Eye For Film >> Movies >> The Transfiguration (2016) Film Review
Reviewed by: Amber Wilkinson
Don't be suckered in by the promises of bloodsucking. While the protagonist (Eric Ruffin) of Michael O'Shea's debut may have an obsession with Dracula in all his forms, this is not a tale of the undead but the horror of the everyday as experienced by the mixed up kid at its heart. An air of abandonment hangs around every corner of teenager Milo's life. Orphaned by illness and suicide, he lives with his brother Lewis (Aaron Moten) in the far reaches of New York, watching vampire movies at night but otherwise leading an almost solitary and silent existence. O'Shea ensures we never feel the hustle of the city, instead leading us through its fringe spaces, where buildings run out and wasteland begins.
The only difference between Milo and thousands of disaffected teens like him is that he has taken his obsession to new levels, marking out a day of the month when he makes a bid to get in touch with his inner vamp by killing someone and drinking their blood. The arrival of a new teen in the neighbourhood, Sophie (Chloe Levine), brings a sudden change of tack to his life. She is also orphaned and lives with her abusive grandfather in the same apartment block. Somehow, she is drawn to Milo's silence and he to her damage, which suddenly leaves him questioning other aspects of his life.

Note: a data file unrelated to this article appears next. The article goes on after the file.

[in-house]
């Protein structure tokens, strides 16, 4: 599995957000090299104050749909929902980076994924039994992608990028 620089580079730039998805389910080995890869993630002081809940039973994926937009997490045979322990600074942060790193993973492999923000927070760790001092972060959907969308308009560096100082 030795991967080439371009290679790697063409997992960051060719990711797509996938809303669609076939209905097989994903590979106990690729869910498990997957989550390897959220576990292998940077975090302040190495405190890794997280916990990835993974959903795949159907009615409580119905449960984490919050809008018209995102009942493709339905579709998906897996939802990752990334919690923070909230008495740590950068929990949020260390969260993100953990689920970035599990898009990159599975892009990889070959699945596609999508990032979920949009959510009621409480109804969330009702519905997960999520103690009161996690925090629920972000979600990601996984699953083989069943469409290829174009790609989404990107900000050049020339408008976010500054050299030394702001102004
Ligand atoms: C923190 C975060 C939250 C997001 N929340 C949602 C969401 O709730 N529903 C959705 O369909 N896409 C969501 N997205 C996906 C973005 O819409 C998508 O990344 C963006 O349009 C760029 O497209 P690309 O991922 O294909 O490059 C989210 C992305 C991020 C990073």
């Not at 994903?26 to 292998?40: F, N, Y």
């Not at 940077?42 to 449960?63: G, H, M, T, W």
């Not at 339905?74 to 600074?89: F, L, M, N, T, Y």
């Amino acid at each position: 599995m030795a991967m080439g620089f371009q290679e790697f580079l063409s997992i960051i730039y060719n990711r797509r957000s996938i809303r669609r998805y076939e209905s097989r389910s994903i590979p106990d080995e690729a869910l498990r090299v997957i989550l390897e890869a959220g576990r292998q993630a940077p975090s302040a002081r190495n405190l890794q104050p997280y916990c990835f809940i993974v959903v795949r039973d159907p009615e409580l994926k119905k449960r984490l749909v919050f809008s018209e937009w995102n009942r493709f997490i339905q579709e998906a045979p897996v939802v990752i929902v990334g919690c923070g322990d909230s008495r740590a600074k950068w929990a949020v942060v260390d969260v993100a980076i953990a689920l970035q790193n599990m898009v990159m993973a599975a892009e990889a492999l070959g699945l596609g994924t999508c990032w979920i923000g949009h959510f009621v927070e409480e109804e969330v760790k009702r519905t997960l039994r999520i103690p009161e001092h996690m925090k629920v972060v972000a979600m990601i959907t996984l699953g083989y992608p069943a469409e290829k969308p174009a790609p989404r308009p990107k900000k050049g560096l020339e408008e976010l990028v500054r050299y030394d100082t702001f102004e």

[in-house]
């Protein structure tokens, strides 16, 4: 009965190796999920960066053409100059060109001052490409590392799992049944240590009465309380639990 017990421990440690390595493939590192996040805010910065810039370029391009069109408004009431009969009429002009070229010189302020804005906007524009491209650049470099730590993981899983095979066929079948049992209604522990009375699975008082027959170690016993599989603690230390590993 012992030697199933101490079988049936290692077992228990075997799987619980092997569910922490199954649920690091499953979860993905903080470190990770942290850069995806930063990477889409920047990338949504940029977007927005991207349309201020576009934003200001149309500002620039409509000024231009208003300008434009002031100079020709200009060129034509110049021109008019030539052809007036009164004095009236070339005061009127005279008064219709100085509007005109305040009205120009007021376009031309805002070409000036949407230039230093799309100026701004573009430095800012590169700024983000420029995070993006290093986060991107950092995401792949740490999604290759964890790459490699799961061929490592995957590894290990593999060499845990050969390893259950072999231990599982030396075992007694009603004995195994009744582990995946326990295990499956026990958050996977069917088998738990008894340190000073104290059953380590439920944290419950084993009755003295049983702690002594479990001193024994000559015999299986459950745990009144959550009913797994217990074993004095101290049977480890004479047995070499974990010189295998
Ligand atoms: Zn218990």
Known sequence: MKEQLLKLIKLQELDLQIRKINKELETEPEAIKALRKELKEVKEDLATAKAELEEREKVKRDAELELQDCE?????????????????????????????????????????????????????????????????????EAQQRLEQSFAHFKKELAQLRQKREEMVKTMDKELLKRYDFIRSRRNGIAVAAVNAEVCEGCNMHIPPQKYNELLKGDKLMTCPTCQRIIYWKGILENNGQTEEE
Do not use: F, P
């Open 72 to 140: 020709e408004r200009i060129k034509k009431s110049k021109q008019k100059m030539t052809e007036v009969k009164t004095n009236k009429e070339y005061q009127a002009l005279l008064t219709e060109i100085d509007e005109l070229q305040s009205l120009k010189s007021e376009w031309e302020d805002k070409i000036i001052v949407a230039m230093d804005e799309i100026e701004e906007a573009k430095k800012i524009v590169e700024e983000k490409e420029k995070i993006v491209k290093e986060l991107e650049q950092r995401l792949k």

O'Shea happily references a ton of vampire films - in particular George A Romero's Martin, whose realism appeals both to the director and Milo. Beyond the references, though, he doesn't really explore the concept particularly deeply, as it applies to his protagonist, which feels like an opportunity missed. There is some fun to be had in the conflicting mythologies of Milo's favourite movies (also including Nosferatu, Let The Right One In and Near Dark) and those favoured by Sophie (Twilight and TV show True Blood) but this is mostly a serious and slow-moving character study. The pacing is a problem, as is the almost casual way O'Shea expects us to believe a group of black teenagers would kill a white kid more or less for the fun of it - a tired cliche that is all too convenient.
The real appeal here is the casting. Ruffin is great as the conflicted teen and he and Chloe Levine, who has a sparkle that would put a Twilight vampire in the shade, should be destined for a lot more lead roles. O'Shea also shows good control of mood - helped no end by Margaret Chardiet's ambient electro scoring - he just needs to work harder at his story development so that we feel it when he goes for the jugular.Reviewed on: 14 Apr 2017